“Blair Witch” (2016). Directed by Adam Wingard. Starring James Allan McCune, Callie Hernandez, Corbin Reid, Brandon Scott, Wes Robinson, and Valorie Curry. James Donahue drags his friends back to the Black Hills Forest in Maryland to see if he can find his long-lost sister, Heather. They document their progress for a student film project, and soon find that the legends are true. The woods are haunted, and they may not make it out of there alive.
Lisa Arlington (Callie Hernandez) asks James (James Allan McCune) if she can make a documentary of his trip to the Black Hills Forest where his sister, Heather, disappeared over a decade ago. He agrees, and shows her the recent footage of what appears to be Heather running through the infamous Rustin Parr House, screaming at the top of her lungs.
James tells Lisa that he got into contact with the person that uploaded the video, and that they have agreed to meet up with them, and show them where exactly in the woods they found the DV tapes that the video came from.
So he takes with them his life long best buddy Peter (Brandon Scott) and his girlfriend Ashley (Corbin Reid) and off they go to meet this random YouTube video uploader and Black Hills Forest explorer. Turns out that they aren’t exactly what the group was expecting, the young guy and his girlfriend Lane (Wes Robinson) and Talia (Valorie Curry) are a bit…off. And they will only take the group into the woods IF they agree to let them come along and tape their expedition.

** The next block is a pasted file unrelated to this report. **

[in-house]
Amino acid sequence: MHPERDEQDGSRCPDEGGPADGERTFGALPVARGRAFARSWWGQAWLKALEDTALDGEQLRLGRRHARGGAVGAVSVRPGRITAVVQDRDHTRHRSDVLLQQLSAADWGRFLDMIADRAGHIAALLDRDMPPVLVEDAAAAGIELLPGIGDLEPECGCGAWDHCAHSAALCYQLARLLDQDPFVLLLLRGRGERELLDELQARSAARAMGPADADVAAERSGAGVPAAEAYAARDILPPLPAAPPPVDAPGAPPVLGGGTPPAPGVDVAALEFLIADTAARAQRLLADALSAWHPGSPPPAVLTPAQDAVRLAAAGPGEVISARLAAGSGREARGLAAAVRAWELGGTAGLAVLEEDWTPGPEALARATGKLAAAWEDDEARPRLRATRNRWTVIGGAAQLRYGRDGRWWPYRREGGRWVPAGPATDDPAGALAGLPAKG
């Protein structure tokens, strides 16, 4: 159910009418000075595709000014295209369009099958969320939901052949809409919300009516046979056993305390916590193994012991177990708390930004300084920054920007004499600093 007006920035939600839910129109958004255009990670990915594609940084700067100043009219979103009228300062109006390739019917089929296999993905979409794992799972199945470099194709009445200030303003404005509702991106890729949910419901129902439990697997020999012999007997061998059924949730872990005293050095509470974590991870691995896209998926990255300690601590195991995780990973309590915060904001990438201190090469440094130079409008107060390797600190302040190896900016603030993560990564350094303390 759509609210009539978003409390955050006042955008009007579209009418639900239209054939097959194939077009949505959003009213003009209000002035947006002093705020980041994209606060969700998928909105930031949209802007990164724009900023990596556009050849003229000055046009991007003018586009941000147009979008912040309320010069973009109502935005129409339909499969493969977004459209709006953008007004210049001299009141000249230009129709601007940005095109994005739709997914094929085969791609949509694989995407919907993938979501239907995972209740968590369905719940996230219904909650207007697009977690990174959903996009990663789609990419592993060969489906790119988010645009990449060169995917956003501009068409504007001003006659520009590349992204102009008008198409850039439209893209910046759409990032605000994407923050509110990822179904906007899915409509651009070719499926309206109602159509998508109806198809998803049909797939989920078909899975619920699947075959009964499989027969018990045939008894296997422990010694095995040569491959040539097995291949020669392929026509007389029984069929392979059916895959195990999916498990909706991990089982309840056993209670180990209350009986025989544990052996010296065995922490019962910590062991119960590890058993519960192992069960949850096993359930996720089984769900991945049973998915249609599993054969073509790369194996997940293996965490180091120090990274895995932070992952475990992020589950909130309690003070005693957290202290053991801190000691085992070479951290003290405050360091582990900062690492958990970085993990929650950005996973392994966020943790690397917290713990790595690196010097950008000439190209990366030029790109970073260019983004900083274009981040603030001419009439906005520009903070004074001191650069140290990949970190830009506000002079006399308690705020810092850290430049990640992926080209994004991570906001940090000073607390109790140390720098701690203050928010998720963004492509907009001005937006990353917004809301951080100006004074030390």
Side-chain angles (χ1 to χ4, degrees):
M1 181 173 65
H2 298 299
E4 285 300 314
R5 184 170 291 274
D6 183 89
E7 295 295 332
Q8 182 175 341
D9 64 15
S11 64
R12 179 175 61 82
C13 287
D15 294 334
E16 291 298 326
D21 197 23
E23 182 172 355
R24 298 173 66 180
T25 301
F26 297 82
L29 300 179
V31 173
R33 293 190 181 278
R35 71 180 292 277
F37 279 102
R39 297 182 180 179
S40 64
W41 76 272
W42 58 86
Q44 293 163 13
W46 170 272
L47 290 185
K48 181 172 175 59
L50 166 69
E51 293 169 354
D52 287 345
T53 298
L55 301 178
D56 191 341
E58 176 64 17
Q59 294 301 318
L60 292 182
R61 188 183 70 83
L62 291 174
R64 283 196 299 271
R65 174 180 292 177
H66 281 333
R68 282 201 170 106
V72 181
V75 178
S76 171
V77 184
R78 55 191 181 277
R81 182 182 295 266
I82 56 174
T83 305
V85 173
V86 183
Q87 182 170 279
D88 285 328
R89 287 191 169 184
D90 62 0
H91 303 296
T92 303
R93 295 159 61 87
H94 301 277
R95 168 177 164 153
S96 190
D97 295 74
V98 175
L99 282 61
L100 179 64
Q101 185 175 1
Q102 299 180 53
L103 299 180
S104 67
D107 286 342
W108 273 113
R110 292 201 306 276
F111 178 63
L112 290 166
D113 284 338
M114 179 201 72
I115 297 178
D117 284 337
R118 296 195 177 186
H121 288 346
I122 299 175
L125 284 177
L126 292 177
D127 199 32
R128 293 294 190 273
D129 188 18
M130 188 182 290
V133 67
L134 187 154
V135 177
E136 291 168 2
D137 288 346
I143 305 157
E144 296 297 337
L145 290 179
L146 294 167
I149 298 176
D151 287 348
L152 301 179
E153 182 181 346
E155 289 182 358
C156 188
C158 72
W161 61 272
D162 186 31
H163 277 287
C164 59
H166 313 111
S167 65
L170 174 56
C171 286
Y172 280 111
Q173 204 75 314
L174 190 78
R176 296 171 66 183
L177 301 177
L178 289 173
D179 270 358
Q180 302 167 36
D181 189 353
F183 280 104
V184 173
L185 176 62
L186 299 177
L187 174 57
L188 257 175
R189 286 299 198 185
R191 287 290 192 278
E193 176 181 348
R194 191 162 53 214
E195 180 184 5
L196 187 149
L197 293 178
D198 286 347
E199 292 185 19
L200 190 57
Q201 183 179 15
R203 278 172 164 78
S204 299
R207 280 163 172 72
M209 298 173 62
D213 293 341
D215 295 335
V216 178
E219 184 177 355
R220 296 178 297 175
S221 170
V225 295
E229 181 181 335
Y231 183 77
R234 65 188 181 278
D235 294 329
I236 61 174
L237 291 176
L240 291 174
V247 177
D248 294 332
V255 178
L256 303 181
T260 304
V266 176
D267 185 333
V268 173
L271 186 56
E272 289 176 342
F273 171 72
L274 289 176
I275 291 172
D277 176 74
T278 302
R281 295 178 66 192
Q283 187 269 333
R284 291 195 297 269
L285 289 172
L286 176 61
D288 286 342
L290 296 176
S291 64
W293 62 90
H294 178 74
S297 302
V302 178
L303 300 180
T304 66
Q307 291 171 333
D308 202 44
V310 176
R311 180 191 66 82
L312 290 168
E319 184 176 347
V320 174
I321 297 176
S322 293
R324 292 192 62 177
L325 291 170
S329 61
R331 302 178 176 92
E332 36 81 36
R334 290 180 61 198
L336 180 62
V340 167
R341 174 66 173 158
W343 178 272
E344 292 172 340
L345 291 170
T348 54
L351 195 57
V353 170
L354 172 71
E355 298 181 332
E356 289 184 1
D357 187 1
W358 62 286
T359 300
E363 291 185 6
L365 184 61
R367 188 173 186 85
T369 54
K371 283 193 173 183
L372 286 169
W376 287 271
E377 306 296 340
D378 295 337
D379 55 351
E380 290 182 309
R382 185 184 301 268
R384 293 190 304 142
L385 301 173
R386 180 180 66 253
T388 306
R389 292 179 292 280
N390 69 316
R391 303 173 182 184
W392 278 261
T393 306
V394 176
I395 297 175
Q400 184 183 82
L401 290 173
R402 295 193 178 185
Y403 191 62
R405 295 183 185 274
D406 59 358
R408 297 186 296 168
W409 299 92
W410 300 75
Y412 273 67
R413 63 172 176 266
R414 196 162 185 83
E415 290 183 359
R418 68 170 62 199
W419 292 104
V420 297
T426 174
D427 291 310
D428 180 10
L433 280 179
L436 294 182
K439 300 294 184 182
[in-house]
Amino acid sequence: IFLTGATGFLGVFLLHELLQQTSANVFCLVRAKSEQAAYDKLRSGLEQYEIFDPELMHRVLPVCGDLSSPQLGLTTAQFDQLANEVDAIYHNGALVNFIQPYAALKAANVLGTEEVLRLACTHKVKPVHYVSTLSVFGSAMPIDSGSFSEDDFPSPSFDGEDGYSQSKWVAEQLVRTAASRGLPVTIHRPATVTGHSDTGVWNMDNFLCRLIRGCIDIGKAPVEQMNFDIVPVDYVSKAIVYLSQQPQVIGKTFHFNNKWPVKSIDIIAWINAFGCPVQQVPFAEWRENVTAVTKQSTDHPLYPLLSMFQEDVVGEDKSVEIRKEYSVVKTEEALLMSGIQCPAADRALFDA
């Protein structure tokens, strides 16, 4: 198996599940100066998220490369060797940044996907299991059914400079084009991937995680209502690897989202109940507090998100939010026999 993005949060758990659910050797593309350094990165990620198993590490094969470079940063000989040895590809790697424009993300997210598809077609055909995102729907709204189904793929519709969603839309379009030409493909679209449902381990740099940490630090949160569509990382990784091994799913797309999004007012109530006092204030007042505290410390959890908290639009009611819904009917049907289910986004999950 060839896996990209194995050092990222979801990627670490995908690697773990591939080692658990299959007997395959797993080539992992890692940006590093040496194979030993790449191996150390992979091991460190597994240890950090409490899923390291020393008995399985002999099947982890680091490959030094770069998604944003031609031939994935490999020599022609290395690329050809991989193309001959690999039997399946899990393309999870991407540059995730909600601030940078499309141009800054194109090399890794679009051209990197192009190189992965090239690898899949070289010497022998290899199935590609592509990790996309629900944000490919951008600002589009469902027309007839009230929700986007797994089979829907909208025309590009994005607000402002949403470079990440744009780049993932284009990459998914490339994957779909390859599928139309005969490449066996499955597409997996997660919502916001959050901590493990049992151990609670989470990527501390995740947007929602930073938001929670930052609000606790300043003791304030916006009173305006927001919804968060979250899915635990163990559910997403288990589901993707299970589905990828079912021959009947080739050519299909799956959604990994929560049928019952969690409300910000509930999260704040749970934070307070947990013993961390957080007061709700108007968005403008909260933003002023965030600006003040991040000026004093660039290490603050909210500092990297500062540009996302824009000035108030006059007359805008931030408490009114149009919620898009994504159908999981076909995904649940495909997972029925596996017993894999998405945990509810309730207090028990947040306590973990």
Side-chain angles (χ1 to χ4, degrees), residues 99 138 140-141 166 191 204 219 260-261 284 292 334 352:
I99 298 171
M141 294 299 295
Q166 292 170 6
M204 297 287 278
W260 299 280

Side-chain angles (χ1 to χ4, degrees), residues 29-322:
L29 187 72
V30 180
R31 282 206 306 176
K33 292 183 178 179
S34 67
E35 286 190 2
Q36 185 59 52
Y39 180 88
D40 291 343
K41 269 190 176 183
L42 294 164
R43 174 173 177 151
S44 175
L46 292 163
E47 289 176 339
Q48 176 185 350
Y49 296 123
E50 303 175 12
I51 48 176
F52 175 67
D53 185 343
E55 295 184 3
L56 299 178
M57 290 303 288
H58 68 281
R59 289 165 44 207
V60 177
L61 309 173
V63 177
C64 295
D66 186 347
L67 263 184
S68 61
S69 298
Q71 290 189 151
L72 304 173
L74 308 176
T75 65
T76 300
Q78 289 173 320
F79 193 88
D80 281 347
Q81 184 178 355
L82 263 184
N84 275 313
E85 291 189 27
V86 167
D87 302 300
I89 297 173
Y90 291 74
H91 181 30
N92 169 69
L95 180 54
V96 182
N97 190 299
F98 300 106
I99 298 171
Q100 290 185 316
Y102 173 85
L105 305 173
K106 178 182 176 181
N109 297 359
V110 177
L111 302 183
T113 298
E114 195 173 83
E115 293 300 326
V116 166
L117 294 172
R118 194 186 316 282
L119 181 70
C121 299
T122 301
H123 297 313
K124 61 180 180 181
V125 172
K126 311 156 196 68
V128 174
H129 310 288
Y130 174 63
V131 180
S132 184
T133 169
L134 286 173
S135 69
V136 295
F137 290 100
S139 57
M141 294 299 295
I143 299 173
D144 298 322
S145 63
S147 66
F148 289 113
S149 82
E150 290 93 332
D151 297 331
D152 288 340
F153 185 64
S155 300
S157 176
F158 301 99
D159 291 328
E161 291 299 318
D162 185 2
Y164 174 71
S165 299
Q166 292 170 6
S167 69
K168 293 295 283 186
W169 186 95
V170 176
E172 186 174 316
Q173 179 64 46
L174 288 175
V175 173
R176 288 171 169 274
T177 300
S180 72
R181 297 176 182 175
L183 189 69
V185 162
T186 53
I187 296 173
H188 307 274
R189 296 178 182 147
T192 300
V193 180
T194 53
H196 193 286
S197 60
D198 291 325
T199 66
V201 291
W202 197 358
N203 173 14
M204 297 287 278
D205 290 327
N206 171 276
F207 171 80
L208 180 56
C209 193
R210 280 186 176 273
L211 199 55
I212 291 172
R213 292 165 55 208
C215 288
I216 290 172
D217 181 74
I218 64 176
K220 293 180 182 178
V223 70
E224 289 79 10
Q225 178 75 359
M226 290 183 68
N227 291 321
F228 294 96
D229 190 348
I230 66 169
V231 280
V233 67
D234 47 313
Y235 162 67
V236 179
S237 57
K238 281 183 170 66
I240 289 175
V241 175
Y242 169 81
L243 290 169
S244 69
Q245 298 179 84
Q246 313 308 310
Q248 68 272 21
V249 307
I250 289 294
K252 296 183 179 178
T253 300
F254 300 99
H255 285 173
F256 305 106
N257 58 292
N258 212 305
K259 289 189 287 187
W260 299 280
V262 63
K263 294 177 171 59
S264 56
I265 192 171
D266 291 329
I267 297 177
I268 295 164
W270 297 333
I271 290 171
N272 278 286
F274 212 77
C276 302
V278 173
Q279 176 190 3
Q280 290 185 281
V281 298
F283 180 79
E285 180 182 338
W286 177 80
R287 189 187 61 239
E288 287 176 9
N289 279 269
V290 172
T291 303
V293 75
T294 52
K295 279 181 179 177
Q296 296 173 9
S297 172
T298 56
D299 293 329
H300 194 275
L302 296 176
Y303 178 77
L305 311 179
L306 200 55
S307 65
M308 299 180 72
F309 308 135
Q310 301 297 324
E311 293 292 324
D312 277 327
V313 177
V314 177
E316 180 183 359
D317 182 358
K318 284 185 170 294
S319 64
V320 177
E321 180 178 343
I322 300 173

Not long after they enter the woods, things start to go wrong. It’s subtle at first, and slowly picks up the pace as things get stranger, and more sinister as the day goes on.
“Blair Witch” is one scare piled on another, and another, and another until the chilling, hair-raising ending. A relentless pace that reminded me a little of the breakneck frenetic scares of the original [REC] movie. (If you haven’t seen [REC], I highly recommend it. It’s a fantastic Spanish found footage film about a zombie outbreak in an apartment complex. It’s claustrophobic and intense!)
I loved “Blair Witch.” It’s the movie that they wanted to make the first time around, but didn’t have the budget for it. I’m serious. It’s that freaking good. Fantastic acting, great locations, and the sound design was absolutely phenomenal. It’s the sounds that make it so scary, and they were spot on in Every. Single. Scene. This movie is tight paced, intensely scary, and a very unique take on what a witch can do in the woods.
They added to the Witch Mythos, gave the audience more rules on how she operates, and gives us a way to try to survive an encounter with her that works, but not every time. It’s a risky undertaking, looking for that witch in the woods. I don’t recommend it.
I knew, once the crew passed the river that Mike threw the map into in the “Blair Witch Project”, that they were in deep trouble. And I was right.
“Blair Witch” does not disappoint. It is a solid found footage horror film. All of the characters are there for a reason. There isn’t a single extraneous scene or meaningless conversation in the entire thing. That means that you NEED to pay attention, because everything that is shown and everything that the characters say to each other is super important and will come up later on in the film.
The plot is an intricate spiral that turns in on itself, much how the characters start to lose their minds and become extremely paranoid and lash out at each other.
There’s a great sequence near the end that is absolutely claustrophobic that I found utterly terrifying. It was reminiscent of the same feeling that the wonderful movie “The Descent,” stirs in me whenever I watch it.
When the Blair Witch calls you out to her woods, will you go?
There is an immense pay off in this one folks. I can’t recommend it enough to people. Go see “Blair Witch!” Go now! Well? What are you waiting for?
Go see it and find yourself never wanting to go camping ever again. Unless you’re like me and you know that the worst thing in the woods isn’t the foliage that can animate and attack you at any given turn, it’s the people.